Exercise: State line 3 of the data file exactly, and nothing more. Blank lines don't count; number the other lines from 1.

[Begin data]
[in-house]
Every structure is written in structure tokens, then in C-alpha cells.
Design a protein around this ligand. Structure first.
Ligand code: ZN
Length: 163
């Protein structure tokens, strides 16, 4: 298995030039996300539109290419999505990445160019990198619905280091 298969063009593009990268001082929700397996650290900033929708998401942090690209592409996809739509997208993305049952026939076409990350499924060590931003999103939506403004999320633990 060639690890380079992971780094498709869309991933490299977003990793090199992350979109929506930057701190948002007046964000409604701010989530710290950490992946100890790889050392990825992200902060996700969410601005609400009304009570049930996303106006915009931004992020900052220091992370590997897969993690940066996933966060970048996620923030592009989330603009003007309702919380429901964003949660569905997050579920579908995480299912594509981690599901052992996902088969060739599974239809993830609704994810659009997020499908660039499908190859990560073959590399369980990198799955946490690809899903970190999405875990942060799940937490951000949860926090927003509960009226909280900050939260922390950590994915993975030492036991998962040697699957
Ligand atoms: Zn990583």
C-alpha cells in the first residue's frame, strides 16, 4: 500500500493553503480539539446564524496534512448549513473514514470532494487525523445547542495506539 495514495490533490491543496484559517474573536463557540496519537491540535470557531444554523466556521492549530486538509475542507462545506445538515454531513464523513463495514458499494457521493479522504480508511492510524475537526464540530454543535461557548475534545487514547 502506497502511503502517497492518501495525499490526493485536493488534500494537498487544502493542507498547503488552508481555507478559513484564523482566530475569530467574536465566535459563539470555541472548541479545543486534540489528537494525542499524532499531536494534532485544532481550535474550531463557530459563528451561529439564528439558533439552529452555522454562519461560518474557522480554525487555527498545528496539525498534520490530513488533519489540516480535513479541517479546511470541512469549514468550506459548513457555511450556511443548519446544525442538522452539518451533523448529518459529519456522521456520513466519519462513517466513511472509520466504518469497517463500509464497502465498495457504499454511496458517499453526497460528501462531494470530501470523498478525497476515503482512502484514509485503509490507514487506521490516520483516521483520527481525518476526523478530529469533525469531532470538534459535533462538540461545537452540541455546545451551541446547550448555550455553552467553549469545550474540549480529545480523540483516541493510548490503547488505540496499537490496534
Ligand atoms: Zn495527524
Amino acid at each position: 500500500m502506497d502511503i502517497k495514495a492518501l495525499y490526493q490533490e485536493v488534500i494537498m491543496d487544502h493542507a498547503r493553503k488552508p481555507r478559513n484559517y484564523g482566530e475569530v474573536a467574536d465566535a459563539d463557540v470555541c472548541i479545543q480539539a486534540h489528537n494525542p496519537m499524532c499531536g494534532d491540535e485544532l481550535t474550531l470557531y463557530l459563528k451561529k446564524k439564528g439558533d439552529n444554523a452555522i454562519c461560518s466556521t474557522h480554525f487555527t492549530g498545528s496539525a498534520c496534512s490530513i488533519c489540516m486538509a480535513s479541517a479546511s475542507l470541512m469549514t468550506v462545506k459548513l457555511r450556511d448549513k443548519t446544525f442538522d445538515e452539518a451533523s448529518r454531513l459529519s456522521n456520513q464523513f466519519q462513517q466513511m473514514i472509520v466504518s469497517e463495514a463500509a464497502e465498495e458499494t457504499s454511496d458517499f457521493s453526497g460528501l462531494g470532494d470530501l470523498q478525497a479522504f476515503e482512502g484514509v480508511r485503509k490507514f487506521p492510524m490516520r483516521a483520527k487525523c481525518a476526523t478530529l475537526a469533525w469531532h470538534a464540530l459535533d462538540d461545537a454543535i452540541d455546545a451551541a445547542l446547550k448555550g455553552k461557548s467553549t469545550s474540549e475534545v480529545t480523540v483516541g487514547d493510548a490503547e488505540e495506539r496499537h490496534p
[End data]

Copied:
Design a protein around this ligand. Structure first.